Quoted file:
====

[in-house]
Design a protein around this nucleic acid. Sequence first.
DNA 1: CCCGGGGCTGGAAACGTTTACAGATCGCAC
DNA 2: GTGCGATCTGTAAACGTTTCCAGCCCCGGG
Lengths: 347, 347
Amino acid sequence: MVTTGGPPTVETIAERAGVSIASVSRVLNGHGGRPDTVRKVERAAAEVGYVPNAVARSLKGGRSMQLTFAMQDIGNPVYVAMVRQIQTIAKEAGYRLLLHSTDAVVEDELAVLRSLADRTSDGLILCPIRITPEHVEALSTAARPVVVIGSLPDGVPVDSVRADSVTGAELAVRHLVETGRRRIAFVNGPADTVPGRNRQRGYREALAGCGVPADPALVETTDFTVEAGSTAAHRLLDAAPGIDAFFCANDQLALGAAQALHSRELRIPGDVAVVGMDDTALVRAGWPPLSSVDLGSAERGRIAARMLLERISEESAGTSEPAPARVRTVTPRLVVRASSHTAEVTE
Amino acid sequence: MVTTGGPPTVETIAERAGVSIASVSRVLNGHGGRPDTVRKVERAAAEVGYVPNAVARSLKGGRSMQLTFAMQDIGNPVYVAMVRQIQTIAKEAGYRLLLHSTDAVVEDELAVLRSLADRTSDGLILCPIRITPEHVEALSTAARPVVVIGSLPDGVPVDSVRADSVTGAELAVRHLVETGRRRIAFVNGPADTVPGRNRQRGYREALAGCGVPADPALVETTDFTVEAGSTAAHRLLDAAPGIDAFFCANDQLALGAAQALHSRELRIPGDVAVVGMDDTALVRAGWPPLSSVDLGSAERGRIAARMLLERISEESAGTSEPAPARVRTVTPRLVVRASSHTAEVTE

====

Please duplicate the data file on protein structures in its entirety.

[in-house]
Design a protein around this nucleic acid. Sequence first.
DNA 1: CCCGGGGCTGGAAACGTTTACAGATCGCAC
DNA 2: GTGCGATCTGTAAACGTTTCCAGCCCCGGG
Lengths: 347, 347
Amino acid sequence: MVTTGGPPTVETIAERAGVSIASVSRVLNGHGGRPDTVRKVERAAAEVGYVPNAVARSLKGGRSMQLTFAMQDIGNPVYVAMVRQIQTIAKEAGYRLLLHSTDAVVEDELAVLRSLADRTSDGLILCPIRITPEHVEALSTAARPVVVIGSLPDGVPVDSVRADSVTGAELAVRHLVETGRRRIAFVNGPADTVPGRNRQRGYREALAGCGVPADPALVETTDFTVEAGSTAAHRLLDAAPGIDAFFCANDQLALGAAQALHSRELRIPGDVAVVGMDDTALVRAGWPPLSSVDLGSAERGRIAARMLLERISEESAGTSEPAPARVRTVTPRLVVRASSHTAEVTE
Amino acid sequence: MVTTGGPPTVETIAERAGVSIASVSRVLNGHGGRPDTVRKVERAAAEVGYVPNAVARSLKGGRSMQLTFAMQDIGNPVYVAMVRQIQTIAKEAGYRLLLHSTDAVVEDELAVLRSLADRTSDGLILCPIRITPEHVEALSTAARPVVVIGSLPDGVPVDSVRADSVTGAELAVRHLVETGRRRIAFVNGPADTVPGRNRQRGYREALAGCGVPADPALVETTDFTVEAGSTAAHRLLDAAPGIDAFFCANDQLALGAAQALHSRELRIPGDVAVVGMDDTALVRAGWPPLSSVDLGSAERGRIAARMLLERISEESAGTSEPAPARVRTVTPRLVVRASSHTAEVTE